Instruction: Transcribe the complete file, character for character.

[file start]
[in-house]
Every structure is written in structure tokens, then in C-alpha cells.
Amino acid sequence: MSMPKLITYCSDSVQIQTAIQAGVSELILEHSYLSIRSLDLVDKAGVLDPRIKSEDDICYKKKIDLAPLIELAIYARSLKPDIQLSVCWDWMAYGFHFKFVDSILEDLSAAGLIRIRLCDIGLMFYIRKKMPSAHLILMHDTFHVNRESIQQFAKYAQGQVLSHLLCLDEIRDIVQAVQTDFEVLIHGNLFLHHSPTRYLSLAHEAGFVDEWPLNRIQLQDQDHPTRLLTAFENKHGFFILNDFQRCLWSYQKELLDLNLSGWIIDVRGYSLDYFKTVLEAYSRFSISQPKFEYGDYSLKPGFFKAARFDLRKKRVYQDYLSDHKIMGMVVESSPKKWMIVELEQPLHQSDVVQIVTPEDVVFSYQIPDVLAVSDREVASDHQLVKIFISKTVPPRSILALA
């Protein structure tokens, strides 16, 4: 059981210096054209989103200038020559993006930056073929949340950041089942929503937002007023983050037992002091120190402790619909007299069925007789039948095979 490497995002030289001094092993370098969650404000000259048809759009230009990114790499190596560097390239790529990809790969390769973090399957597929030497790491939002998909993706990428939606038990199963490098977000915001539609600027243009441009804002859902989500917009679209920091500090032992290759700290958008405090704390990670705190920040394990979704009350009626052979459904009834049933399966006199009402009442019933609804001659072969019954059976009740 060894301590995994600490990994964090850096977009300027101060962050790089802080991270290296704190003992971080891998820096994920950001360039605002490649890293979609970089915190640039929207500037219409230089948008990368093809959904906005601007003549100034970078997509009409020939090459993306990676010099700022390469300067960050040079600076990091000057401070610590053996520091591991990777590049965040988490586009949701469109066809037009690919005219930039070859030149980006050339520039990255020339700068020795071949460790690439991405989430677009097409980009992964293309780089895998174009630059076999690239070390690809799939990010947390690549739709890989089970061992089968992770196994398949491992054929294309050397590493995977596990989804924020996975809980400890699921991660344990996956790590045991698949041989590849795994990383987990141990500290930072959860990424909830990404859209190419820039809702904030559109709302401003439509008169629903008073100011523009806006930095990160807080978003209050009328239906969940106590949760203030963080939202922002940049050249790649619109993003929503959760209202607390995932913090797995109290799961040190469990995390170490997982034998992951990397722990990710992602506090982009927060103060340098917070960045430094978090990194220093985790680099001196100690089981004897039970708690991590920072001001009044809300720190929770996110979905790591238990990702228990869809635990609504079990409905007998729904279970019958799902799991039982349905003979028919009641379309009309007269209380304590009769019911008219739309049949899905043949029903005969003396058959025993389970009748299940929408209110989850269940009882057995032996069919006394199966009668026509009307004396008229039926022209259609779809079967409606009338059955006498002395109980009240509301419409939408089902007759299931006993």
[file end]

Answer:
[in-house]
Every structure is written in structure tokens, then in C-alpha cells.
Amino acid sequence: MSMPKLITYCSDSVQIQTAIQAGVSELILEHSYLSIRSLDLVDKAGVLDPRIKSEDDICYKKKIDLAPLIELAIYARSLKPDIQLSVCWDWMAYGFHFKFVDSILEDLSAAGLIRIRLCDIGLMFYIRKKMPSAHLILMHDTFHVNRESIQQFAKYAQGQVLSHLLCLDEIRDIVQAVQTDFEVLIHGNLFLHHSPTRYLSLAHEAGFVDEWPLNRIQLQDQDHPTRLLTAFENKHGFFILNDFQRCLWSYQKELLDLNLSGWIIDVRGYSLDYFKTVLEAYSRFSISQPKFEYGDYSLKPGFFKAARFDLRKKRVYQDYLSDHKIMGMVVESSPKKWMIVELEQPLHQSDVVQIVTPEDVVFSYQIPDVLAVSDREVASDHQLVKIFISKTVPPRSILALA
């Protein structure tokens, strides 16, 4: 059981210096054209989103200038020559993006930056073929949340950041089942929503937002007023983050037992002091120190402790619909007299069925007789039948095979 490497995002030289001094092993370098969650404000000259048809759009230009990114790499190596560097390239790529990809790969390769973090399957597929030497790491939002998909993706990428939606038990199963490098977000915001539609600027243009441009804002859902989500917009679209920091500090032992290759700290958008405090704390990670705190920040394990979704009350009626052979459904009834049933399966006199009402009442019933609804001659072969019954059976009740 060894301590995994600490990994964090850096977009300027101060962050790089802080991270290296704190003992971080891998820096994920950001360039605002490649890293979609970089915190640039929207500037219409230089948008990368093809959904906005601007003549100034970078997509009409020939090459993306990676010099700022390469300067960050040079600076990091000057401070610590053996520091591991990777590049965040988490586009949701469109066809037009690919005219930039070859030149980006050339520039990255020339700068020795071949460790690439991405989430677009097409980009992964293309780089895998174009630059076999690239070390690809799939990010947390690549739709890989089970061992089968992770196994398949491992054929294309050397590493995977596990989804924020996975809980400890699921991660344990996956790590045991698949041989590849795994990383987990141990500290930072959860990424909830990404859209190419820039809702904030559109709302401003439509008169629903008073100011523009806006930095990160807080978003209050009328239906969940106590949760203030963080939202922002940049050249790649619109993003929503959760209202607390995932913090797995109290799961040190469990995390170490997982034998992951990397722990990710992602506090982009927060103060340098917070960045430094978090990194220093985790680099001196100690089981004897039970708690991590920072001001009044809300720190929770996110979905790591238990990702228990869809635990609504079990409905007998729904279970019958799902799991039982349905003979028919009641379309009309007269209380304590009769019911008219739309049949899905043949029903005969003396058959025993389970009748299940929408209110989850269940009882057995032996069919006394199966009668026509009307004396008229039926022209259609779809079967409606009338059955006498002395109980009240509301419409939408089902007759299931006993």